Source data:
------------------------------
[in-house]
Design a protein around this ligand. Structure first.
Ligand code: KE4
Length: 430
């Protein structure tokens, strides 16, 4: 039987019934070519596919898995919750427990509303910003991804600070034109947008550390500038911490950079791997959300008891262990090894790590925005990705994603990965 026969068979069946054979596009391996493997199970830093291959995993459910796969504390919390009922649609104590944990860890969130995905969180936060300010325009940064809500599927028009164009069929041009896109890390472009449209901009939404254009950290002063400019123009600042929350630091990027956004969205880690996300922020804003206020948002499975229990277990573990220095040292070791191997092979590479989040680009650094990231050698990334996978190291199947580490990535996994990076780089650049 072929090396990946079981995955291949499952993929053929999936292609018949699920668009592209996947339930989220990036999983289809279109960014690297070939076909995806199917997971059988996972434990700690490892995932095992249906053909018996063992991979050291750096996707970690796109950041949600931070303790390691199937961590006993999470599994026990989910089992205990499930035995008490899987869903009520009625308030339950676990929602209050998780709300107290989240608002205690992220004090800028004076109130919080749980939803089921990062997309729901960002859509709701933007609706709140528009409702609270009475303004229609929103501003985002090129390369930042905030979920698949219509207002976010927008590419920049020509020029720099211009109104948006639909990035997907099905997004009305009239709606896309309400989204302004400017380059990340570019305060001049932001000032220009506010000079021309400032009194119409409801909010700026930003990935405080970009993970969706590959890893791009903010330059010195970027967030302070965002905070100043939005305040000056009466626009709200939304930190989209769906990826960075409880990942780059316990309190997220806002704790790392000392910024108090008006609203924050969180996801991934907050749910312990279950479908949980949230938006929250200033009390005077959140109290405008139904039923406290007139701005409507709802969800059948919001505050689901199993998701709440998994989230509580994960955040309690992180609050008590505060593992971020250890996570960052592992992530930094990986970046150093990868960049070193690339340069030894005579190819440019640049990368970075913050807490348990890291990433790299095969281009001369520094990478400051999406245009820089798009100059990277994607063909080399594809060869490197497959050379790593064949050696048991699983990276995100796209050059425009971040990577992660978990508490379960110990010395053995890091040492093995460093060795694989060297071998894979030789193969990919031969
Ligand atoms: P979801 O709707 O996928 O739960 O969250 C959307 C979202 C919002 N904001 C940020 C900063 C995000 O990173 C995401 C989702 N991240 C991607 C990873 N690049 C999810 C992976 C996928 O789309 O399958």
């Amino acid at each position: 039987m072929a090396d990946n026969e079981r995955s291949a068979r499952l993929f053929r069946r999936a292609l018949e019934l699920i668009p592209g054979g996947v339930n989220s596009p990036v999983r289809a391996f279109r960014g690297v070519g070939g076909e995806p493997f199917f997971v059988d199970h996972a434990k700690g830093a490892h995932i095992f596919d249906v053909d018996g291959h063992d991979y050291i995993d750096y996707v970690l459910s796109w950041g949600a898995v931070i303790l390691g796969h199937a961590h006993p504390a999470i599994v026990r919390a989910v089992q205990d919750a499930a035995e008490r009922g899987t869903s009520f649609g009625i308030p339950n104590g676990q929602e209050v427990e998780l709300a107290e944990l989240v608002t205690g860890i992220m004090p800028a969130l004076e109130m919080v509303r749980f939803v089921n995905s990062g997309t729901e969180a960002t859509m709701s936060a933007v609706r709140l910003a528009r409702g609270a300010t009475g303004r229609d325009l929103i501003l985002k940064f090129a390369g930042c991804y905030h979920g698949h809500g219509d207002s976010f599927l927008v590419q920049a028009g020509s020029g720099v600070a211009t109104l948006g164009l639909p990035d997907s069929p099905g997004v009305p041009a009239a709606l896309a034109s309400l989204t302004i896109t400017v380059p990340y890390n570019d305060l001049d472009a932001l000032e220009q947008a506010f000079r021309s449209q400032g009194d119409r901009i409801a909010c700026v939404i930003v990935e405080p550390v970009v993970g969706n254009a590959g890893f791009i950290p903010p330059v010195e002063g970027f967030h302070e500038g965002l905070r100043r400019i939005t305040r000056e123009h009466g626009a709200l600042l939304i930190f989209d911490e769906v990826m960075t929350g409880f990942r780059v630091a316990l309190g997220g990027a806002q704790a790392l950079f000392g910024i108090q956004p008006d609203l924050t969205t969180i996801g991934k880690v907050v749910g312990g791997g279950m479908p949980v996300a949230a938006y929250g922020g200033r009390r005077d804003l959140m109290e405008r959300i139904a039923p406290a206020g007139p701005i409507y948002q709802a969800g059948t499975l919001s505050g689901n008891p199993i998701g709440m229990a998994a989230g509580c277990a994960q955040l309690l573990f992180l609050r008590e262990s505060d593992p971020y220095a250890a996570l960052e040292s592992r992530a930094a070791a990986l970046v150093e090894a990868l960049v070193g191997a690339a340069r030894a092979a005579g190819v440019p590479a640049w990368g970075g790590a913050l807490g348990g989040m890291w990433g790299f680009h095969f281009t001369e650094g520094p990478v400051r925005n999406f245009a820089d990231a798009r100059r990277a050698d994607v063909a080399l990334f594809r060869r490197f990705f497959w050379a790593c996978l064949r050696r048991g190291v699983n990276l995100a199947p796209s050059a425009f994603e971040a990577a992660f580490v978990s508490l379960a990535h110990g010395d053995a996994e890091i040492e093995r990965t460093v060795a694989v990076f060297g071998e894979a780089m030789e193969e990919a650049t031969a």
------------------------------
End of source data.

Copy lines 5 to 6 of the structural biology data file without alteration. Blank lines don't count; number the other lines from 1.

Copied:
């Protein structure tokens, strides 16, 4: 039987019934070519596919898995919750427990509303910003991804600070034109947008550390500038911490950079791997959300008891262990090894790590925005990705994603990965 026969068979069946054979596009391996493997199970830093291959995993459910796969504390919390009922649609104590944990860890969130995905969180936060300010325009940064809500599927028009164009069929041009896109890390472009449209901009939404254009950290002063400019123009600042929350630091990027956004969205880690996300922020804003206020948002499975229990277990573990220095040292070791191997092979590479989040680009650094990231050698990334996978190291199947580490990535996994990076780089650049 072929090396990946079981995955291949499952993929053929999936292609018949699920668009592209996947339930989220990036999983289809279109960014690297070939076909995806199917997971059988996972434990700690490892995932095992249906053909018996063992991979050291750096996707970690796109950041949600931070303790390691199937961590006993999470599994026990989910089992205990499930035995008490899987869903009520009625308030339950676990929602209050998780709300107290989240608002205690992220004090800028004076109130919080749980939803089921990062997309729901960002859509709701933007609706709140528009409702609270009475303004229609929103501003985002090129390369930042905030979920698949219509207002976010927008590419920049020509020029720099211009109104948006639909990035997907099905997004009305009239709606896309309400989204302004400017380059990340570019305060001049932001000032220009506010000079021309400032009194119409409801909010700026930003990935405080970009993970969706590959890893791009903010330059010195970027967030302070965002905070100043939005305040000056009466626009709200939304930190989209769906990826960075409880990942780059316990309190997220806002704790790392000392910024108090008006609203924050969180996801991934907050749910312990279950479908949980949230938006929250200033009390005077959140109290405008139904039923406290007139701005409507709802969800059948919001505050689901199993998701709440998994989230509580994960955040309690992180609050008590505060593992971020250890996570960052592992992530930094990986970046150093990868960049070193690339340069030894005579190819440019640049990368970075913050807490348990890291990433790299095969281009001369520094990478400051999406245009820089798009100059990277994607063909080399594809060869490197497959050379790593064949050696048991699983990276995100796209050059425009971040990577992660978990508490379960110990010395053995890091040492093995460093060795694989060297071998894979030789193969990919031969
Ligand atoms: P979801 O709707 O996928 O739960 O969250 C959307 C979202 C919002 N904001 C940020 C900063 C995000 O990173 C995401 C989702 N991240 C991607 C990873 N690049 C999810 C992976 C996928 O789309 O399958």